Journal of Health Politics, Policy and Law 26.5 (2001) 829-834
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Mark V. Pauly
University of Pennsylvania
Kenneth Arrow's article made research in health economics respectable, but it did more than that. It also made it interesting. His essay was the gracious response of an already distinguished economic theorist to an invitation to write something for the Ford Foundation on the economic properties of the medical services industry. Before this article appeared in 1963, economists, even those interested in industry applications, had either steered clear of trying to understand (much less analyze) a product and an industry that appeared to depart so greatly from the competitive model, or they had written policy papers alternately justifying or condemning the differences from that model. Either perspective was largely irrelevant because medical care was "special" or because economics could be applied only to show that the guild and regulatory features of this industry were the result of a long-term conspiracy by medical providers to gain monopoly rents at the expense of efficiency and consumer welfare.
Arrow's article was and still is exciting, I believe, for two reasons:
1. It showed how some behaviors in medical markets could be brought within the purview of standard economic models of competing, maximizing agents. The primary examples of this type are those having to do with insurance.
2. It offered an explanation that atypical institutional arrangements in medical care markets are a reaction to special features of this market. The primary source of the problem here is imperfect or asymmetric [End Page 829] consumer information, and the hypothesized solution was nonmarket organizations, public or private. In doing so, it discussed concepts that made (and make) economists attentive but uncomfortable, like trust and morals. (These concepts do not tend to disquiet lawyers or policy makers.)
The essays in this remarkable collection reflect on these two different sets of ideas. They analyze and dissect them, they contrast their implications for what medical markets were like then and now, and how they have changed, and they offer suggestions about where to go from here. I will not summarize the individual essays, but in what follows I will offer my views on the reactions to the two sets by these scholars, by researchers in general, by the market, and by the policy arena.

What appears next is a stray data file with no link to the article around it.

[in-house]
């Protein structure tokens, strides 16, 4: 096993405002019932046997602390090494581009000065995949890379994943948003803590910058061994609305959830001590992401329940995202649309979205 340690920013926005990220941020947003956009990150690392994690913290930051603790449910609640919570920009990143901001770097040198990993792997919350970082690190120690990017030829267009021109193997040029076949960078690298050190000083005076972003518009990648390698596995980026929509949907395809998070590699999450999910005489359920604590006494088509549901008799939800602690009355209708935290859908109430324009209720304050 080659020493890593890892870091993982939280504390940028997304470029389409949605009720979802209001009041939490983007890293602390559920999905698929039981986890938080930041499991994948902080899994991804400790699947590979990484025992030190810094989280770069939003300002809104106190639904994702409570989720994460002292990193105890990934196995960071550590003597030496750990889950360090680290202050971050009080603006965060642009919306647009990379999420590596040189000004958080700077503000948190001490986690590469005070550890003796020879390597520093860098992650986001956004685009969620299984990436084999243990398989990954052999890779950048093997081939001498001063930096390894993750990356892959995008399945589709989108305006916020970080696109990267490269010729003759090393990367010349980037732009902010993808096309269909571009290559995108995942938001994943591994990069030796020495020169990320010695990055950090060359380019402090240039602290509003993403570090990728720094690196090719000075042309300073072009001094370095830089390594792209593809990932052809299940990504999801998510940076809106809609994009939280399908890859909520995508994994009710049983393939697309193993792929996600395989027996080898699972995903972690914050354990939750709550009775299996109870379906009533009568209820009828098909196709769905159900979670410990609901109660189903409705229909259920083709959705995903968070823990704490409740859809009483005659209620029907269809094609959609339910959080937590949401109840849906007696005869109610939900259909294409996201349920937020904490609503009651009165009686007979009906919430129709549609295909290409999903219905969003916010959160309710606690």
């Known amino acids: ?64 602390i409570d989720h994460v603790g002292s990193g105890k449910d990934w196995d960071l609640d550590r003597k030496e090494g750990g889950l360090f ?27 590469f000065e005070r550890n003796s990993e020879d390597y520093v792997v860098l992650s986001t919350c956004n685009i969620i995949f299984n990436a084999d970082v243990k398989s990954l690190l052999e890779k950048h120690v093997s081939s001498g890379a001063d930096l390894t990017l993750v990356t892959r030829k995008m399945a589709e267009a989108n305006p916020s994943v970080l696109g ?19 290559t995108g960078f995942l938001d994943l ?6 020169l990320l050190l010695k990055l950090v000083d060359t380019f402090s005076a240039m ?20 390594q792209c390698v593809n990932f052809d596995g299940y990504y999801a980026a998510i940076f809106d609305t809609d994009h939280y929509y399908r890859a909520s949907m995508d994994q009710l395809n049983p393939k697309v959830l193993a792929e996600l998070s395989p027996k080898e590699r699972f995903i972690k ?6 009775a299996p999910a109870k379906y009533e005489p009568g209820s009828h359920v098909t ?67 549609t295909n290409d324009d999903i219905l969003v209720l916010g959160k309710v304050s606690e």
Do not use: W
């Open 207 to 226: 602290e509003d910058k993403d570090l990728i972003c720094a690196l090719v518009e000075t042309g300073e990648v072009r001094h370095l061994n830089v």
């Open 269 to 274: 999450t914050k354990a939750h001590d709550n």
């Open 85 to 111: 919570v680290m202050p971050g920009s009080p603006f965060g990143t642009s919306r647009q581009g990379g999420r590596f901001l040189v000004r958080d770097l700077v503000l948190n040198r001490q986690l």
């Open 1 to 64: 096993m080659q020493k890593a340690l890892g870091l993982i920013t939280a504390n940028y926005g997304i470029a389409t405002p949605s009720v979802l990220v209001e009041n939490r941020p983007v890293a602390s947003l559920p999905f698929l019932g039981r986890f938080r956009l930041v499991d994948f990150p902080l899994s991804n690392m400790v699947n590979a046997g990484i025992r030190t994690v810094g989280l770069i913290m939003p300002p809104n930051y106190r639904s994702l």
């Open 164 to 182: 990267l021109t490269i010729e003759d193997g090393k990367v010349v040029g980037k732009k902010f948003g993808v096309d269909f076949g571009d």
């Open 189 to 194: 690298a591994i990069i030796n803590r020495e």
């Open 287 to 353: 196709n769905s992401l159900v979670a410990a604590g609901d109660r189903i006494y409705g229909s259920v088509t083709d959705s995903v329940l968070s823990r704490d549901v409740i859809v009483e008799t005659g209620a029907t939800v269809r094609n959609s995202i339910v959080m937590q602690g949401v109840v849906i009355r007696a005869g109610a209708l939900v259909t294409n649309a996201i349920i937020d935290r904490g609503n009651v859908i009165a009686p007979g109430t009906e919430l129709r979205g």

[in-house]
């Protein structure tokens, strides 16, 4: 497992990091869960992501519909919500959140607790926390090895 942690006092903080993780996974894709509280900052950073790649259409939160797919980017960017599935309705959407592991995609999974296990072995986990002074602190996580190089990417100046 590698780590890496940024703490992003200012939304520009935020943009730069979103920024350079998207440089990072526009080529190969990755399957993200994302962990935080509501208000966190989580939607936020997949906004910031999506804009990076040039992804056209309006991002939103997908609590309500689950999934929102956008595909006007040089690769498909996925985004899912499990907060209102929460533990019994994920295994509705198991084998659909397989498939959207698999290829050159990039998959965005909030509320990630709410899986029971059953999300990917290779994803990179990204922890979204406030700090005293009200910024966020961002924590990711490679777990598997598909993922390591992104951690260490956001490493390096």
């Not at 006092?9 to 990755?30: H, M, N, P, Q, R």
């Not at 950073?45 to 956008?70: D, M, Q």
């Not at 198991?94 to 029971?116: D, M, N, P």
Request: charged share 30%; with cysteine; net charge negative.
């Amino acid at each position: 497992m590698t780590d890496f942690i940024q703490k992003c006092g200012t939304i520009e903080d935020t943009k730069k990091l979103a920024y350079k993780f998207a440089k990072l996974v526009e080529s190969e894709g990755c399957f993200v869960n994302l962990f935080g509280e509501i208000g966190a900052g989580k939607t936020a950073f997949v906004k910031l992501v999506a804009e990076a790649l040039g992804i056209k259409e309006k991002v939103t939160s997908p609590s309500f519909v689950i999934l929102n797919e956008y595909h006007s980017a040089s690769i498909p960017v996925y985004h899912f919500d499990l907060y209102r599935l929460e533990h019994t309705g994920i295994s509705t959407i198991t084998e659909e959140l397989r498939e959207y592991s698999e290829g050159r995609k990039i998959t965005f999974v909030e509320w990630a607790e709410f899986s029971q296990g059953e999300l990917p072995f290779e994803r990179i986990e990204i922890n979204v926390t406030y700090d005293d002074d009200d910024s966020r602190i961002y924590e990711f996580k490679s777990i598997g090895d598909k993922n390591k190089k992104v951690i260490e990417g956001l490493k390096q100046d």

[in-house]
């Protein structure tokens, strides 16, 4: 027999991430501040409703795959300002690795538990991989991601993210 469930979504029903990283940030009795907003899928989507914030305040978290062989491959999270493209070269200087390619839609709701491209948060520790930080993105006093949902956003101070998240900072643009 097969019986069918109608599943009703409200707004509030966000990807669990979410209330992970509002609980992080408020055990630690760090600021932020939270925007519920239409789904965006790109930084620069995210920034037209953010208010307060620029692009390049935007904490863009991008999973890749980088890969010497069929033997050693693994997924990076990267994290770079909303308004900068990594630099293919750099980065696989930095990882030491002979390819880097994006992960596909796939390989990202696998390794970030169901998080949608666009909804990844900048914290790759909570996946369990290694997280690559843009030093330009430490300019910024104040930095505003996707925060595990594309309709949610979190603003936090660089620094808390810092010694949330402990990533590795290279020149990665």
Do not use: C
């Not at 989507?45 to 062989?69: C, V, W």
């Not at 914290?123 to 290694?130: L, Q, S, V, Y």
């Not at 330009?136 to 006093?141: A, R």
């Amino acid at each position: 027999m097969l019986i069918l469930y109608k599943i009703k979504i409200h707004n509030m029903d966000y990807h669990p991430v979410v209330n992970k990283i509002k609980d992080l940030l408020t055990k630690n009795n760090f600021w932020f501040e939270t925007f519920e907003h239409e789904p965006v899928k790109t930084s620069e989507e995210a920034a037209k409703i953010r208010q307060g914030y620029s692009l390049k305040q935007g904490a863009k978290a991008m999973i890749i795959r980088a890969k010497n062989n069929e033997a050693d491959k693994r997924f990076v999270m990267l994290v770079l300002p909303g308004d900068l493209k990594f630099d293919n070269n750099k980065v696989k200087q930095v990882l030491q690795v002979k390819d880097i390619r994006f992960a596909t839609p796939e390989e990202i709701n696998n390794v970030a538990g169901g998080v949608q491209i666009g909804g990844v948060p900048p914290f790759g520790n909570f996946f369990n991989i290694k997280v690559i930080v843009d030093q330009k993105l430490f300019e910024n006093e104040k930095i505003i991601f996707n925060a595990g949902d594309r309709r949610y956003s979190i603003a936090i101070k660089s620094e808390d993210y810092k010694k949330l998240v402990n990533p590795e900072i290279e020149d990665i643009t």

From the viewpoint of applied microeconomic theory, a major contribution of Arrow's article was the development of some typically elegant and provocative models of optimal insurance. There was a policy question here, of course. In 1963, why was it that many medical care services were not covered by insurance and that many people had no health insurance coverage at all? (The proportion of uninsured then was about twice what it is now.) Arrow began the discussion that actually generated the most-published commentary on his article by restating the well-known proposition that if insurance is available at actuarially fair premiums, all risky events should be insured. But he then pointed out in the text, and developed further in an often-quoted appendix, that in real markets with insurer administrative costs, the optimal pattern of insurance is full coverage above a deductible. He also hinted at (though not forthrightly enough for my tastes) the idea that moral hazard--any effect of insurance coverage on expected losses--could also explain incomplete coverage and that one remedy here would be proportional co-insurance.
The introduction to health economics of the topic of moral hazard ignited a firestorm of interest in the impact of insurance on the process of care, with both theoretical and empirical dimensions. The major empirical topic was the measurement of the extent of moral hazard, and the major theoretical question was how that magnitude would affect the ideal design of an insurance policy that relied on patient cost-sharing to limit medical spending. The Rand Health Insurance Experiment defined the measurement of moral hazard as a key empirical question and provided bulletproof evidence on the question, but both the theoretical and empirical investigations of this topic continue the extension of Arrow's initial modest...